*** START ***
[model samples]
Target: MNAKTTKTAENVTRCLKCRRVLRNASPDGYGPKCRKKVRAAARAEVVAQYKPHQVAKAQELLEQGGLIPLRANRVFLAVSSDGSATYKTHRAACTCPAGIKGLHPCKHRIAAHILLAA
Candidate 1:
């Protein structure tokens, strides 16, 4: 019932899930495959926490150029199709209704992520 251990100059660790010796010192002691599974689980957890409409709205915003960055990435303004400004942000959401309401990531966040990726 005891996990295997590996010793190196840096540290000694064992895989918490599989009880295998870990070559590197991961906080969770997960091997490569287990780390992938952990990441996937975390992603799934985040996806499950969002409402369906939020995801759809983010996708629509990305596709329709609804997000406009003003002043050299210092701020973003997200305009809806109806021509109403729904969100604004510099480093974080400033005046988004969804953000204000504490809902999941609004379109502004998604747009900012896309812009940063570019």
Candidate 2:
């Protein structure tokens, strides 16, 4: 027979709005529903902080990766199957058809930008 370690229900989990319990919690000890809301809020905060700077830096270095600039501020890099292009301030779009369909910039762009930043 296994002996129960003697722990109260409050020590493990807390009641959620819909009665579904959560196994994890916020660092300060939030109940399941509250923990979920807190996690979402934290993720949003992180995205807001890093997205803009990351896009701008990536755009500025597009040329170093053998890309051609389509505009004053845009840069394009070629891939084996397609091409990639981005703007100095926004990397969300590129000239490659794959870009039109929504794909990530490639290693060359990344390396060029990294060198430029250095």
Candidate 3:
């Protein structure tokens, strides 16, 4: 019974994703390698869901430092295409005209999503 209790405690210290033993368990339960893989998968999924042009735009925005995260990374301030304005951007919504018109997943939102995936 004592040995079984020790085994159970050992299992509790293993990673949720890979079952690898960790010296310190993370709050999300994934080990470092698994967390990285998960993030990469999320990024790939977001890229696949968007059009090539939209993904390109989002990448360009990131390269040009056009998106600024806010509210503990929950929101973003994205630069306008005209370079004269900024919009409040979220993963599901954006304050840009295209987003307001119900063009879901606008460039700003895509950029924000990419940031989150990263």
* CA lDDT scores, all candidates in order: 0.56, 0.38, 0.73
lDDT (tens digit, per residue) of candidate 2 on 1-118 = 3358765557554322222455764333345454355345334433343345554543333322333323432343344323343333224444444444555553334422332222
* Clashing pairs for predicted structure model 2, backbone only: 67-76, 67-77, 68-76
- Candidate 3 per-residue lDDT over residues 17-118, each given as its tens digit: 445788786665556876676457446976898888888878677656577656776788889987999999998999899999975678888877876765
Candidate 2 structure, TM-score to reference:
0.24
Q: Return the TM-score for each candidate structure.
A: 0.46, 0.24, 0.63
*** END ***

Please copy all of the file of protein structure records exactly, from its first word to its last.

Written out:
[model samples]
Target: MNAKTTKTAENVTRCLKCRRVLRNASPDGYGPKCRKKVRAAARAEVVAQYKPHQVAKAQELLEQGGLIPLRANRVFLAVSSDGSATYKTHRAACTCPAGIKGLHPCKHRIAAHILLAA
Candidate 1:
């Protein structure tokens, strides 16, 4: 019932899930495959926490150029199709209704992520 251990100059660790010796010192002691599974689980957890409409709205915003960055990435303004400004942000959401309401990531966040990726 005891996990295997590996010793190196840096540290000694064992895989918490599989009880295998870990070559590197991961906080969770997960091997490569287990780390992938952990990441996937975390992603799934985040996806499950969002409402369906939020995801759809983010996708629509990305596709329709609804997000406009003003002043050299210092701020973003997200305009809806109806021509109403729904969100604004510099480093974080400033005046988004969804953000204000504490809902999941609004379109502004998604747009900012896309812009940063570019």
Candidate 2:
């Protein structure tokens, strides 16, 4: 027979709005529903902080990766199957058809930008 370690229900989990319990919690000890809301809020905060700077830096270095600039501020890099292009301030779009369909910039762009930043 296994002996129960003697722990109260409050020590493990807390009641959620819909009665579904959560196994994890916020660092300060939030109940399941509250923990979920807190996690979402934290993720949003992180995205807001890093997205803009990351896009701008990536755009500025597009040329170093053998890309051609389509505009004053845009840069394009070629891939084996397609091409990639981005703007100095926004990397969300590129000239490659794959870009039109929504794909990530490639290693060359990344390396060029990294060198430029250095």
Candidate 3:
């Protein structure tokens, strides 16, 4: 019974994703390698869901430092295409005209999503 209790405690210290033993368990339960893989998968999924042009735009925005995260990374301030304005951007919504018109997943939102995936 004592040995079984020790085994159970050992299992509790293993990673949720890979079952690898960790010296310190993370709050999300994934080990470092698994967390990285998960993030990469999320990024790939977001890229696949968007059009090539939209993904390109989002990448360009990131390269040009056009998106600024806010509210503990929950929101973003994205630069306008005209370079004269900024919009409040979220993963599901954006304050840009295209987003307001119900063009879901606008460039700003895509950029924000990419940031989150990263």
* CA lDDT scores, all candidates in order: 0.56, 0.38, 0.73
lDDT (tens digit, per residue) of candidate 2 on 1-118 = 3358765557554322222455764333345454355345334433343345554543333322333323432343344323343333224444444444555553334422332222
* Clashing pairs for predicted structure model 2, backbone only: 67-76, 67-77, 68-76
- Candidate 3 per-residue lDDT over residues 17-118, each given as its tens digit: 445788786665556876676457446976898888888878677656577656776788889987999999998999899999975678888877876765
Candidate 2 structure, TM-score to reference:
0.24
Q: Return the TM-score for each candidate structure.
A: 0.46, 0.24, 0.63